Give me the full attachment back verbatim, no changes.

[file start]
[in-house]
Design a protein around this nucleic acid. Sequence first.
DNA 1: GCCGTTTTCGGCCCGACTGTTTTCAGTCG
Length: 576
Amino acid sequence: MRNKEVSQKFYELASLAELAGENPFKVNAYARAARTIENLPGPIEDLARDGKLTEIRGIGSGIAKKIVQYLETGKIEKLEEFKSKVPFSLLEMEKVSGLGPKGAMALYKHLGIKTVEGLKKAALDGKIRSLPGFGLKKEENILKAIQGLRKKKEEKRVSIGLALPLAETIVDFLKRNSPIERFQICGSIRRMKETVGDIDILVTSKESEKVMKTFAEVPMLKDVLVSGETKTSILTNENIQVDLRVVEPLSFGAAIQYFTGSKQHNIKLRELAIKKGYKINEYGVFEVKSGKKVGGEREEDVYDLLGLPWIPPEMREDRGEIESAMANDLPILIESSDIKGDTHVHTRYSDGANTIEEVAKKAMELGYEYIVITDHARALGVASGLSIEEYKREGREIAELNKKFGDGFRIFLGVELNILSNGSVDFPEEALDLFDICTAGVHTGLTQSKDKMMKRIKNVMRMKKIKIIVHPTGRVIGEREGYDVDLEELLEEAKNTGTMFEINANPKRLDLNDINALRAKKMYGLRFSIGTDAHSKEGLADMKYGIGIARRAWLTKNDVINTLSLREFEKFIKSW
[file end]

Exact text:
[in-house]
Design a protein around this nucleic acid. Sequence first.
DNA 1: GCCGTTTTCGGCCCGACTGTTTTCAGTCG
Length: 576
Amino acid sequence: MRNKEVSQKFYELASLAELAGENPFKVNAYARAARTIENLPGPIEDLARDGKLTEIRGIGSGIAKKIVQYLETGKIEKLEEFKSKVPFSLLEMEKVSGLGPKGAMALYKHLGIKTVEGLKKAALDGKIRSLPGFGLKKEENILKAIQGLRKKKEEKRVSIGLALPLAETIVDFLKRNSPIERFQICGSIRRMKETVGDIDILVTSKESEKVMKTFAEVPMLKDVLVSGETKTSILTNENIQVDLRVVEPLSFGAAIQYFTGSKQHNIKLRELAIKKGYKINEYGVFEVKSGKKVGGEREEDVYDLLGLPWIPPEMREDRGEIESAMANDLPILIESSDIKGDTHVHTRYSDGANTIEEVAKKAMELGYEYIVITDHARALGVASGLSIEEYKREGREIAELNKKFGDGFRIFLGVELNILSNGSVDFPEEALDLFDICTAGVHTGLTQSKDKMMKRIKNVMRMKKIKIIVHPTGRVIGEREGYDVDLEELLEEAKNTGTMFEINANPKRLDLNDINALRAKKMYGLRFSIGTDAHSKEGLADMKYGIGIARRAWLTKNDVINTLSLREFEKFIKSW